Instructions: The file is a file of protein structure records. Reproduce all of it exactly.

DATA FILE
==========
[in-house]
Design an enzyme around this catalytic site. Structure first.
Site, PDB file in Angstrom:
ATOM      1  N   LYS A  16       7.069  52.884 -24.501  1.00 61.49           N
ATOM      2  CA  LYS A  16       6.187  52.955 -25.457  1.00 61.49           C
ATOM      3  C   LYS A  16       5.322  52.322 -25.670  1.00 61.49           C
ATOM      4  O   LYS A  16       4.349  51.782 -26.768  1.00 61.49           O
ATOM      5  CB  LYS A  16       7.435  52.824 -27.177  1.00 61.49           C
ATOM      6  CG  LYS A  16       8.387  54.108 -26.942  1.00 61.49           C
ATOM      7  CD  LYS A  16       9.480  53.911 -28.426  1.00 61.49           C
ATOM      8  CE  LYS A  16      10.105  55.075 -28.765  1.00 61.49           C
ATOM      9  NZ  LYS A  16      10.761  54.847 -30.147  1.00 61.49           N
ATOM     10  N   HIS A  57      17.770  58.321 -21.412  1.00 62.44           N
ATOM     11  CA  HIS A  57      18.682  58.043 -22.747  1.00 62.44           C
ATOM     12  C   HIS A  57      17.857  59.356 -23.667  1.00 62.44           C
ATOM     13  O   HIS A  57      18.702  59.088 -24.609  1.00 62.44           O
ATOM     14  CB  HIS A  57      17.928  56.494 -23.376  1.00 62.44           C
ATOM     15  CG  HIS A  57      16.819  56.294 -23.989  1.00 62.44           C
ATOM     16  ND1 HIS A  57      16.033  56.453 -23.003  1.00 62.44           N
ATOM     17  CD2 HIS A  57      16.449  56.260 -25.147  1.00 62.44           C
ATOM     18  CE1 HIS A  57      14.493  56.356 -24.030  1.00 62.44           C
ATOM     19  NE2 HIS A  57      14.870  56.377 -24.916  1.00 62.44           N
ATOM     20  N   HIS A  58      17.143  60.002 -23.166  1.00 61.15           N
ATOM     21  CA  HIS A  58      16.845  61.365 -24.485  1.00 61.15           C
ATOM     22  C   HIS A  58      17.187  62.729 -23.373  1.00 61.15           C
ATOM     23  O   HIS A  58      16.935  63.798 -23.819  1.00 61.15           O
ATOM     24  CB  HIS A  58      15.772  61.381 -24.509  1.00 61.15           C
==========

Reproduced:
[in-house]
Design an enzyme around this catalytic site. Structure first.
Site, PDB file in Angstrom:
ATOM      1  N   LYS A  16       7.069  52.884 -24.501  1.00 61.49           N
ATOM      2  CA  LYS A  16       6.187  52.955 -25.457  1.00 61.49           C
ATOM      3  C   LYS A  16       5.322  52.322 -25.670  1.00 61.49           C
ATOM      4  O   LYS A  16       4.349  51.782 -26.768  1.00 61.49           O
ATOM      5  CB  LYS A  16       7.435  52.824 -27.177  1.00 61.49           C
ATOM      6  CG  LYS A  16       8.387  54.108 -26.942  1.00 61.49           C
ATOM      7  CD  LYS A  16       9.480  53.911 -28.426  1.00 61.49           C
ATOM      8  CE  LYS A  16      10.105  55.075 -28.765  1.00 61.49           C
ATOM      9  NZ  LYS A  16      10.761  54.847 -30.147  1.00 61.49           N
ATOM     10  N   HIS A  57      17.770  58.321 -21.412  1.00 62.44           N
ATOM     11  CA  HIS A  57      18.682  58.043 -22.747  1.00 62.44           C
ATOM     12  C   HIS A  57      17.857  59.356 -23.667  1.00 62.44           C
ATOM     13  O   HIS A  57      18.702  59.088 -24.609  1.00 62.44           O
ATOM     14  CB  HIS A  57      17.928  56.494 -23.376  1.00 62.44           C
ATOM     15  CG  HIS A  57      16.819  56.294 -23.989  1.00 62.44           C
ATOM     16  ND1 HIS A  57      16.033  56.453 -23.003  1.00 62.44           N
ATOM     17  CD2 HIS A  57      16.449  56.260 -25.147  1.00 62.44           C
ATOM     18  CE1 HIS A  57      14.493  56.356 -24.030  1.00 62.44           C
ATOM     19  NE2 HIS A  57      14.870  56.377 -24.916  1.00 62.44           N
ATOM     20  N   HIS A  58      17.143  60.002 -23.166  1.00 61.15           N
ATOM     21  CA  HIS A  58      16.845  61.365 -24.485  1.00 61.15           C
ATOM     22  C   HIS A  58      17.187  62.729 -23.373  1.00 61.15           C
ATOM     23  O   HIS A  58      16.935  63.798 -23.819  1.00 61.15           O
ATOM     24  CB  HIS A  58      15.772  61.381 -24.509  1.00 61.15           C